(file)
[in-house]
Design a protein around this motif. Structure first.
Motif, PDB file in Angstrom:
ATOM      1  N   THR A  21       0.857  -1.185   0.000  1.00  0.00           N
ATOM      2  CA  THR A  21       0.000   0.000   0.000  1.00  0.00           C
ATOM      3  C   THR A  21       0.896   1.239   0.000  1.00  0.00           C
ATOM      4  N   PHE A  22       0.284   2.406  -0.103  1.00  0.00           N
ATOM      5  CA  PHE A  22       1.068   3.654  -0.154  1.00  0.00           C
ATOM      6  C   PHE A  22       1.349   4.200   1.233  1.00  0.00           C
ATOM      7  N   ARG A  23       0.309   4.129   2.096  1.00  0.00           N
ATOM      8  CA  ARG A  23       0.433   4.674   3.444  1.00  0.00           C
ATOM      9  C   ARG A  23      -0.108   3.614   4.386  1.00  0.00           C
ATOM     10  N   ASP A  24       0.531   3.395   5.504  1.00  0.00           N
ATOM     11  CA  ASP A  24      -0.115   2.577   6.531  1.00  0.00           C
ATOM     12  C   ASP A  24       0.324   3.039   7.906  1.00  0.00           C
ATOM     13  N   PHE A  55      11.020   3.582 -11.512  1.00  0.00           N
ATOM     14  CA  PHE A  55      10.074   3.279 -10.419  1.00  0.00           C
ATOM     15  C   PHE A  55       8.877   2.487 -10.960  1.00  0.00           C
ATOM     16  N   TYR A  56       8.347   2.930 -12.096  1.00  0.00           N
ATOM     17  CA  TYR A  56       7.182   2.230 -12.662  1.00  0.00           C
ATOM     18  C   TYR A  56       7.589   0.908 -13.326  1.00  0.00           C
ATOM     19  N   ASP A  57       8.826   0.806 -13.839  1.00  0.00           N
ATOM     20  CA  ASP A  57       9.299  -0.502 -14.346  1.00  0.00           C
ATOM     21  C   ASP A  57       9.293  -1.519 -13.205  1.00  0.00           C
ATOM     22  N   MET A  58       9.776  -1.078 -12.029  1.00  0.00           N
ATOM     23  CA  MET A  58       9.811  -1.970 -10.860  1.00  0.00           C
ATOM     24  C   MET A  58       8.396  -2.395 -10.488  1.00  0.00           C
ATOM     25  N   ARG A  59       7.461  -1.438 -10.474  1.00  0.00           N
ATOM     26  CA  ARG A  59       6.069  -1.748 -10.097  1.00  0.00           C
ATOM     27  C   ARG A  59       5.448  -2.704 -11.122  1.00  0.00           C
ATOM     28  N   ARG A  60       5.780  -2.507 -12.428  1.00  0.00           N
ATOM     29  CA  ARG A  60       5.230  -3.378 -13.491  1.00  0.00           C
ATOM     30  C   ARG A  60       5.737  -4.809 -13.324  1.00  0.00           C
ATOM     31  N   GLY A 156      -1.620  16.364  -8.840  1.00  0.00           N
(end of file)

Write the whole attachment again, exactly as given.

[in-house]
Design a protein around this motif. Structure first.
Motif, PDB file in Angstrom:
ATOM      1  N   THR A  21       0.857  -1.185   0.000  1.00  0.00           N
ATOM      2  CA  THR A  21       0.000   0.000   0.000  1.00  0.00           C
ATOM      3  C   THR A  21       0.896   1.239   0.000  1.00  0.00           C
ATOM      4  N   PHE A  22       0.284   2.406  -0.103  1.00  0.00           N
ATOM      5  CA  PHE A  22       1.068   3.654  -0.154  1.00  0.00           C
ATOM      6  C   PHE A  22       1.349   4.200   1.233  1.00  0.00           C
ATOM      7  N   ARG A  23       0.309   4.129   2.096  1.00  0.00           N
ATOM      8  CA  ARG A  23       0.433   4.674   3.444  1.00  0.00           C
ATOM      9  C   ARG A  23      -0.108   3.614   4.386  1.00  0.00           C
ATOM     10  N   ASP A  24       0.531   3.395   5.504  1.00  0.00           N
ATOM     11  CA  ASP A  24      -0.115   2.577   6.531  1.00  0.00           C
ATOM     12  C   ASP A  24       0.324   3.039   7.906  1.00  0.00           C
ATOM     13  N   PHE A  55      11.020   3.582 -11.512  1.00  0.00           N
ATOM     14  CA  PHE A  55      10.074   3.279 -10.419  1.00  0.00           C
ATOM     15  C   PHE A  55       8.877   2.487 -10.960  1.00  0.00           C
ATOM     16  N   TYR A  56       8.347   2.930 -12.096  1.00  0.00           N
ATOM     17  CA  TYR A  56       7.182   2.230 -12.662  1.00  0.00           C
ATOM     18  C   TYR A  56       7.589   0.908 -13.326  1.00  0.00           C
ATOM     19  N   ASP A  57       8.826   0.806 -13.839  1.00  0.00           N
ATOM     20  CA  ASP A  57       9.299  -0.502 -14.346  1.00  0.00           C
ATOM     21  C   ASP A  57       9.293  -1.519 -13.205  1.00  0.00           C
ATOM     22  N   MET A  58       9.776  -1.078 -12.029  1.00  0.00           N
ATOM     23  CA  MET A  58       9.811  -1.970 -10.860  1.00  0.00           C
ATOM     24  C   MET A  58       8.396  -2.395 -10.488  1.00  0.00           C
ATOM     25  N   ARG A  59       7.461  -1.438 -10.474  1.00  0.00           N
ATOM     26  CA  ARG A  59       6.069  -1.748 -10.097  1.00  0.00           C
ATOM     27  C   ARG A  59       5.448  -2.704 -11.122  1.00  0.00           C
ATOM     28  N   ARG A  60       5.780  -2.507 -12.428  1.00  0.00           N
ATOM     29  CA  ARG A  60       5.230  -3.378 -13.491  1.00  0.00           C
ATOM     30  C   ARG A  60       5.737  -4.809 -13.324  1.00  0.00           C
ATOM     31  N   GLY A 156      -1.620  16.364  -8.840  1.00  0.00           N